For the interest of space, we only included in the main text the analyses that directly relate to the illustration of CisGenome. Many issues not covered are nevertheless important. These include (1) what are the likely reasons for the observed differences between the NRSF ChIP-chip and ChIP-seq data, (2) whether these differences represent a general phenomenon, (3) how do they relate to previous comparisons of array and sequencing technologies5,48, and (4) what are the different types of negative controls. Further analyses and discussions of these topics are provided in Supplementary Data 9-13 and Supplementary Figure 16 online.
Data used in this study are summarized in Supplementary Table 1 online. The NRSF ChIP-chip data (GEO accession #: GSE8489) were obtained by analyzing the bound DNA fragments in Jurkat cells with Affymetrix Human Tiling 2.0R arrays. Two independent ChIP samples and two mock IPs were profiled. The NRSF ChIP-seq data were collected from a previous study4. In that study, DNA fragments bound by NRSF in Jurkat cells were sequenced with the next generation sequencer made by Illumina/Solexa. These experiments involved sequencing a ChIP'd sample as well as a negative control sample generated from reverse-crosslinked genomic DNA that had not undergone immunoprecipitation. The Oct4 and Nanog ChIP-seq data were collected from .
Most sequencing platforms will output mapped sequence reads up to a specified number of mismatches and will allow elimination of reads that map to multiple locations. CisGenome can accept the mapped reads as input. CisGenome also accepts mapping output from SeqMap49, a program that allows mapping of sequence reads in more customized ways, such as accounting for insertions and deletions (see Supplementary Methods online).
Genome is divided into non-overlapping windows with length w (typically 100bp). The number of reads ni within each window i is counted. It is assumed that in non-binding regions, ni|λi ~Poisson(λi), and λi~Gamma(α,β). This implies that the background read occurrence rate varies across the genome, and marginally ni ~ Negative binomial(α,β). To estimate α and β, a truncated negative binomial distribution is fitted to the number of windows with small number of reads (≤2 reads). We use this estimated null distribution to compute the FDR for each level of read-counts. In the widely used Poisson model, λi is assumed to be a constant λ0 across the genome rather than a random variable. To estimate λ0, we fit a truncated Poisson using the windows with ≤1 reads. The FDR computation and model fitting details are provided in Supplementary Methods online. The fitting method assumes that most windows with small read-counts represent noise. The assumption usually holds true with sufficient depth of sequencing. For studies in which signals cover a large fraction of the genome (e.g., histone modifications) but the sequencing coverage is not deep enough, the true targets may be covered by only 1 or 2 reads in a short window. When this is the case, our model fitting approach may either be applicable after increasing the window size or may not be applicable depending on how long a typical peak extends.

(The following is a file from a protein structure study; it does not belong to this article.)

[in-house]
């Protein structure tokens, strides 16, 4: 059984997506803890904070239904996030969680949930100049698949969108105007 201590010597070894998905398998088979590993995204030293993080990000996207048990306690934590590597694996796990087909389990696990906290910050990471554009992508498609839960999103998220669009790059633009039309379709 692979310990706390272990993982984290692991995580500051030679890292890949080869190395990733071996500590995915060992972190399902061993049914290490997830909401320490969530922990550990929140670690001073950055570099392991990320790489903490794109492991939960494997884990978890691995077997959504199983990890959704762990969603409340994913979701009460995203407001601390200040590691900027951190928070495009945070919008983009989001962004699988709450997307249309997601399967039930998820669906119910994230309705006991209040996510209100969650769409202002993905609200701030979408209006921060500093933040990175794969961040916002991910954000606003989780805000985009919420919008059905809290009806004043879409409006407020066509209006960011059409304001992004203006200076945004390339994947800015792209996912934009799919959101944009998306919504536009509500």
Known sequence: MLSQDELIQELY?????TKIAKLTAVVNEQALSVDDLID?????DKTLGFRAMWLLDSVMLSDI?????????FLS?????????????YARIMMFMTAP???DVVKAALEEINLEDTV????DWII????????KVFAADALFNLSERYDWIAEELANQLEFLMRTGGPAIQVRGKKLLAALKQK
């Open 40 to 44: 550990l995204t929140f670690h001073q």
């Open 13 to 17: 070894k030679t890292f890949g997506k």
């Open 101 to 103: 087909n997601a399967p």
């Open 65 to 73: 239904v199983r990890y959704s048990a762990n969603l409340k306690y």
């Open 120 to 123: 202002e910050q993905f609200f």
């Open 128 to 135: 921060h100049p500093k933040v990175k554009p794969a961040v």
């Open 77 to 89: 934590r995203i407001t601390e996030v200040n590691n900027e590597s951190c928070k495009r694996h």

In a specific location, the counts of the reads from the ChIP sample are subjected to biases that may arise during sample preparation, amplification or sequencing procedures. To correct for these biases, one can generate sequence reads from negative control samples in the same experiments. Supplementary Figure 5, 17 and Supplementary Table 13 online show that the read sampling rates from the ChIP and control samples at the same genomic loci are correlated. Therefore, false signals due to unknown systematic bias can be eliminated by excluding regions if both the ChIP and the negative control samples show strong signals but the former is not significantly stronger than the latter. When reads are also available from a negative control sample, we divide the genome into non-overlapping windows with length w. For each window i, the number of reads in the ChIP sample k1i, the number of reads in the control sample k2i and the total read number ni= k1i+k2i are counted. We assume that when there is no IP enrichment in the window, the conditional distribution of the count in the ChIP sample (k1i) given the total count (ni) follows a binomial (ni, p0) distribution. We estimate p0 based on windows with small total counts and use it to estimate the FDR associated with each level of ni and k1i/ni (see Supplementary Methods online).